Home News Coronavirus live updates: US soldier based in South Korea tests positive – CNBC

Coronavirus live updates: US soldier based in South Korea tests positive – CNBC

14 min read

This is a live blog. Please check back for updates.

All times below are in Beijing time.

11:05 am: Customers at supermarkets in Beijing must keep a distance from each other

Supermarkets in Beijing must keep customers at least 2 square meters (roughly 4 ft. by 5 ft.) apart from each other, the Beijing Municipal Commerce Bureau said in an online statement Wednesday.

The announcement was made in an effort to limit the spread of the coronavirus, and told stores to use “smart, rapid and automatic sensing equipment” to improve the efficiency of evaluating body temperatures, and prevent crowding, according to a CNBC translation of the Chinese-language text. — Evelyn Cheng

10:11 am: US soldier stationed in South Korea tests positive

A U.S. soldier stationed at Camp Carroll in South Korea has tested positive for the new coronavirus — marking the first time an American service member has been infected, according to the United States Forces Korea (USFK).

Camp Carroll is around 22 km (13 miles) away from the South Korean city of Daegu, where a large number of infections in South Korea has been reported. The soldier also visited Camp Walker, which is around 4 km from Daegu.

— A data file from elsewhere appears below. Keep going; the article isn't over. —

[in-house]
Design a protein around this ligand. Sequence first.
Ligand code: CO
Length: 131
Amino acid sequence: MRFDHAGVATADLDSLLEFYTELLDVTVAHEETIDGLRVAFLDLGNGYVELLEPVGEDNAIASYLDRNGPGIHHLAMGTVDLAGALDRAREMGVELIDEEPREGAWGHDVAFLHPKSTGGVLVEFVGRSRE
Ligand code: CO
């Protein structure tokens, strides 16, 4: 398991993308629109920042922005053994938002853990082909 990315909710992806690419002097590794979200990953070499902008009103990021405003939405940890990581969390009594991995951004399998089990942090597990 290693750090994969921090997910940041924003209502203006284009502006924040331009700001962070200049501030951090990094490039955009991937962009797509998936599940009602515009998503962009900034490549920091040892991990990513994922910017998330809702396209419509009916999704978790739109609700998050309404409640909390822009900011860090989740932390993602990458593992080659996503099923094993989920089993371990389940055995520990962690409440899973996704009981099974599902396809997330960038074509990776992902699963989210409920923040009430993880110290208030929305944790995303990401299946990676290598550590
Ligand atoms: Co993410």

The 23-year-old soldier is currently in self-quarantine at his off-base residence, the USFK said. It added that contact tracing is currently underway. — Weizhen Tan and Christine Wang

U.S. Marine soldiers from 31st Marine Expeditionary Unit, Battalion landing team deployed from Okinawa, Japan, participate in the U.S. and South Korean Marines joint landing operation at Pohang seashore on March 29, 2012 in Pohang, South Korea. 

Chung Sung-Jun | Getty Images News | Getty Images

9:55 am: China’s health care system under pressure

Wuhan, Hubei province’s capital city, accounts for 60% of mainland China’s total confirmed cases and about 77% of the deaths.

Even though local authorities have rushed to build new hospitals, first-hand reports still describe inadequate hospital beds and medical care.

Amid the sheer number of cases, many locals say it’s difficult to get medical care. Many coronavirus patients’ families have turned to the public for help, with some even turning to social media.

9:45 am: China reports 406 new cases, 52 additional deaths

China’s National Health Commission reported 406 new confirmed cases, and an additional 52 deaths, as of Feb. 25.

Of the new cases, 401 were in Hubei, the epicenter of the outbreak. The additional deaths are all in Hubei.

The country’s total is now 78,064 confirmed cases, and 2,715 deaths.

9:07 am: South Korea reports a jump of 169 new cases, 1 additional death